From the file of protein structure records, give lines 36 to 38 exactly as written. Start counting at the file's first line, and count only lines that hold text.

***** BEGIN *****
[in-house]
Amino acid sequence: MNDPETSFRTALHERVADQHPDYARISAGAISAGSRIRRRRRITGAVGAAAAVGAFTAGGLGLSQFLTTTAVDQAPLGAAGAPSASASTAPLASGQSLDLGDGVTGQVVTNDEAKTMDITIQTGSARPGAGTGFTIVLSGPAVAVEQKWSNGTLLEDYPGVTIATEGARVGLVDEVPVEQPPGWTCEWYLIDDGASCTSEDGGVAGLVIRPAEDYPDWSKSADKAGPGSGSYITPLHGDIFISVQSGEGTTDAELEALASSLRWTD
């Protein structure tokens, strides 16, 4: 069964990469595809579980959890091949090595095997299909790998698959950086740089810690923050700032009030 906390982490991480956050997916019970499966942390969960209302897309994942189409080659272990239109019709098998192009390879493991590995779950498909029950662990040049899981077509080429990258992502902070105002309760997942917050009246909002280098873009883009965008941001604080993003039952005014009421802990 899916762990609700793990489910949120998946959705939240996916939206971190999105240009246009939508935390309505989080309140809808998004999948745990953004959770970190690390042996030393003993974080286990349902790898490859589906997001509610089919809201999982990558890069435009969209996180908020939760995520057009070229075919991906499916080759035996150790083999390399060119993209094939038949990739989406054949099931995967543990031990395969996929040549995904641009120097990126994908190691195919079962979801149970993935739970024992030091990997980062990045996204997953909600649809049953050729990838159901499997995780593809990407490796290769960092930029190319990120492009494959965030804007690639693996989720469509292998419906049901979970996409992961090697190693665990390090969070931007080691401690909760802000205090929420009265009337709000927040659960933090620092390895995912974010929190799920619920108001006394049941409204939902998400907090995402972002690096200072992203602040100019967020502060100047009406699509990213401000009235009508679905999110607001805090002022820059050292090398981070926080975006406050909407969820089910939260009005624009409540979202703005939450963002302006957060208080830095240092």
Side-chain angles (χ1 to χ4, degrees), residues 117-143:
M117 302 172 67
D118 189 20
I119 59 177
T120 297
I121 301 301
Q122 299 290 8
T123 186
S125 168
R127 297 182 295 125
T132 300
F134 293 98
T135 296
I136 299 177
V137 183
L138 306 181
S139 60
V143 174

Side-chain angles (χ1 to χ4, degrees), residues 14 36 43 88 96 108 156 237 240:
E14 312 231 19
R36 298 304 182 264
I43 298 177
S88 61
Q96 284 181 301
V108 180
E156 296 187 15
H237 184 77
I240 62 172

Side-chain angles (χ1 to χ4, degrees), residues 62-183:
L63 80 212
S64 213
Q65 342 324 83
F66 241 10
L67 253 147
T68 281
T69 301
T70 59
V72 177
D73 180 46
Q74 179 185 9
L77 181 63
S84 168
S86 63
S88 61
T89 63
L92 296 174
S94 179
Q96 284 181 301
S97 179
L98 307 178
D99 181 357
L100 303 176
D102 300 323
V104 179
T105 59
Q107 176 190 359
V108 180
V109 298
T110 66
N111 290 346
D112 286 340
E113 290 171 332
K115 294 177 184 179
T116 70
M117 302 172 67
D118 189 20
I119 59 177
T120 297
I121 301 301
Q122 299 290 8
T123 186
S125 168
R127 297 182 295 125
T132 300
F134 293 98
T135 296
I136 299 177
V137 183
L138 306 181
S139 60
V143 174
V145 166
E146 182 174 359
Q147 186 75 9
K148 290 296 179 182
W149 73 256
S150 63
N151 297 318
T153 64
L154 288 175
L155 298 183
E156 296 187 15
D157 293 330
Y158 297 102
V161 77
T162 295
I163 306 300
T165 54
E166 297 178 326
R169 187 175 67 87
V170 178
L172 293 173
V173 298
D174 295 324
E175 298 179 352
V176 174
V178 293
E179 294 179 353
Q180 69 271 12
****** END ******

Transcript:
F66 241 10
L67 253 147
T68 281